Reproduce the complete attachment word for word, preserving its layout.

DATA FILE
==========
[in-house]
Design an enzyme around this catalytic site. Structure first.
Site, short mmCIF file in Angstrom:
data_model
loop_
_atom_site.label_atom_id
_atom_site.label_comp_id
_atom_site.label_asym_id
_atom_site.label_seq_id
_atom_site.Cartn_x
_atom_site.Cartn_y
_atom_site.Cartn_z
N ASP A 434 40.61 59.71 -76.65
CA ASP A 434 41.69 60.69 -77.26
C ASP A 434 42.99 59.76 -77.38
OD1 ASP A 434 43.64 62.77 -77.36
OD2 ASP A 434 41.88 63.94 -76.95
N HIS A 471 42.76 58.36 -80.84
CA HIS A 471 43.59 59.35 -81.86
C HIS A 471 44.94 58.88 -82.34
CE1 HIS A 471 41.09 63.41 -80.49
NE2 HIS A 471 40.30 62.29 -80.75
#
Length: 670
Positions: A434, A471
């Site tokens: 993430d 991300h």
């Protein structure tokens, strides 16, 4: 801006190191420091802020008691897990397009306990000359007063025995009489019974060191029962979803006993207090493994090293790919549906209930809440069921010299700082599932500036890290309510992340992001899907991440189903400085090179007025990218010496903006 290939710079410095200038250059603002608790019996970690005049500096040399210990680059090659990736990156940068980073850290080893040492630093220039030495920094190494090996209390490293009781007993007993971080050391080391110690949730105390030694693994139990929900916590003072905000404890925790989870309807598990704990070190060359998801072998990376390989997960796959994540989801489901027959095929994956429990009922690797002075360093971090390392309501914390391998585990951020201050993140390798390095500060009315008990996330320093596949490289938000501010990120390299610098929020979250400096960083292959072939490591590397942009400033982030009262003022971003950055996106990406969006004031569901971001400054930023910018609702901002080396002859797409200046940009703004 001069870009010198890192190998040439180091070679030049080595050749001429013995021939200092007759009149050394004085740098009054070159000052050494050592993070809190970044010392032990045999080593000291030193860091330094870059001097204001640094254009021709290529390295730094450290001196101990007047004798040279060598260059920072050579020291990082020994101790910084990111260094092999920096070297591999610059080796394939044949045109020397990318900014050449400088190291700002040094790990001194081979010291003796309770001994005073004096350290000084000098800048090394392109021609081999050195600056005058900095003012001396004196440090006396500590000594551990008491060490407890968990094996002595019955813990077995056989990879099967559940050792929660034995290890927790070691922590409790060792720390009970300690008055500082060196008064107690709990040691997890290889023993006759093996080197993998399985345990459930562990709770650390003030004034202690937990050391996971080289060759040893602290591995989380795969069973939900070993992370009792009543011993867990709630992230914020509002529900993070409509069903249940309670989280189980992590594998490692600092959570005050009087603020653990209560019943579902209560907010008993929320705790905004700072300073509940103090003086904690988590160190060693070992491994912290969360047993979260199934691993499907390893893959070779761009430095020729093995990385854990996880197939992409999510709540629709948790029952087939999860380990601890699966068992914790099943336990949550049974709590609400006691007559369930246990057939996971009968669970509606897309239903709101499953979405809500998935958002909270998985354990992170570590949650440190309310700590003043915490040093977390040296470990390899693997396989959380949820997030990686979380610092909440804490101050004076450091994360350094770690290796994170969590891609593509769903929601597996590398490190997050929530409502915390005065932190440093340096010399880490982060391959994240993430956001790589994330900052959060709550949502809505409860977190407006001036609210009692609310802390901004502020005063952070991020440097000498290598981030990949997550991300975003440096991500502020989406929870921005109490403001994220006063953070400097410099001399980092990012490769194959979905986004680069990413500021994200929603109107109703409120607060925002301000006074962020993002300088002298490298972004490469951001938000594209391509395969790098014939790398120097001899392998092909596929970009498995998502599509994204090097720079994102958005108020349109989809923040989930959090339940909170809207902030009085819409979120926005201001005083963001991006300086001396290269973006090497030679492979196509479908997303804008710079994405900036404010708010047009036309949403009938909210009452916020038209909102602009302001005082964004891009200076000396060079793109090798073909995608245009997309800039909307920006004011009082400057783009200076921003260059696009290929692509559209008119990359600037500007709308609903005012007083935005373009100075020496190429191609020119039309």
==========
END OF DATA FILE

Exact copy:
[in-house]
Design an enzyme around this catalytic site. Structure first.
Site, short mmCIF file in Angstrom:
data_model
loop_
_atom_site.label_atom_id
_atom_site.label_comp_id
_atom_site.label_asym_id
_atom_site.label_seq_id
_atom_site.Cartn_x
_atom_site.Cartn_y
_atom_site.Cartn_z
N ASP A 434 40.61 59.71 -76.65
CA ASP A 434 41.69 60.69 -77.26
C ASP A 434 42.99 59.76 -77.38
OD1 ASP A 434 43.64 62.77 -77.36
OD2 ASP A 434 41.88 63.94 -76.95
N HIS A 471 42.76 58.36 -80.84
CA HIS A 471 43.59 59.35 -81.86
C HIS A 471 44.94 58.88 -82.34
CE1 HIS A 471 41.09 63.41 -80.49
NE2 HIS A 471 40.30 62.29 -80.75
#
Length: 670
Positions: A434, A471
């Site tokens: 993430d 991300h």
């Protein structure tokens, strides 16, 4: 801006190191420091802020008691897990397009306990000359007063025995009489019974060191029962979803006993207090493994090293790919549906209930809440069921010299700082599932500036890290309510992340992001899907991440189903400085090179007025990218010496903006 290939710079410095200038250059603002608790019996970690005049500096040399210990680059090659990736990156940068980073850290080893040492630093220039030495920094190494090996209390490293009781007993007993971080050391080391110690949730105390030694693994139990929900916590003072905000404890925790989870309807598990704990070190060359998801072998990376390989997960796959994540989801489901027959095929994956429990009922690797002075360093971090390392309501914390391998585990951020201050993140390798390095500060009315008990996330320093596949490289938000501010990120390299610098929020979250400096960083292959072939490591590397942009400033982030009262003022971003950055996106990406969006004031569901971001400054930023910018609702901002080396002859797409200046940009703004 001069870009010198890192190998040439180091070679030049080595050749001429013995021939200092007759009149050394004085740098009054070159000052050494050592993070809190970044010392032990045999080593000291030193860091330094870059001097204001640094254009021709290529390295730094450290001196101990007047004798040279060598260059920072050579020291990082020994101790910084990111260094092999920096070297591999610059080796394939044949045109020397990318900014050449400088190291700002040094790990001194081979010291003796309770001994005073004096350290000084000098800048090394392109021609081999050195600056005058900095003012001396004196440090006396500590000594551990008491060490407890968990094996002595019955813990077995056989990879099967559940050792929660034995290890927790070691922590409790060792720390009970300690008055500082060196008064107690709990040691997890290889023993006759093996080197993998399985345990459930562990709770650390003030004034202690937990050391996971080289060759040893602290591995989380795969069973939900070993992370009792009543011993867990709630992230914020509002529900993070409509069903249940309670989280189980992590594998490692600092959570005050009087603020653990209560019943579902209560907010008993929320705790905004700072300073509940103090003086904690988590160190060693070992491994912290969360047993979260199934691993499907390893893959070779761009430095020729093995990385854990996880197939992409999510709540629709948790029952087939999860380990601890699966068992914790099943336990949550049974709590609400006691007559369930246990057939996971009968669970509606897309239903709101499953979405809500998935958002909270998985354990992170570590949650440190309310700590003043915490040093977390040296470990390899693997396989959380949820997030990686979380610092909440804490101050004076450091994360350094770690290796994170969590891609593509769903929601597996590398490190997050929530409502915390005065932190440093340096010399880490982060391959994240993430956001790589994330900052959060709550949502809505409860977190407006001036609210009692609310802390901004502020005063952070991020440097000498290598981030990949997550991300975003440096991500502020989406929870921005109490403001994220006063953070400097410099001399980092990012490769194959979905986004680069990413500021994200929603109107109703409120607060925002301000006074962020993002300088002298490298972004490469951001938000594209391509395969790098014939790398120097001899392998092909596929970009498995998502599509994204090097720079994102958005108020349109989809923040989930959090339940909170809207902030009085819409979120926005201001005083963001991006300086001396290269973006090497030679492979196509479908997303804008710079994405900036404010708010047009036309949403009938909210009452916020038209909102602009302001005082964004891009200076000396060079793109090798073909995608245009997309800039909307920006004011009082400057783009200076921003260059696009290929692509559209008119990359600037500007709308609903005012007083935005373009100075020496190429191609020119039309």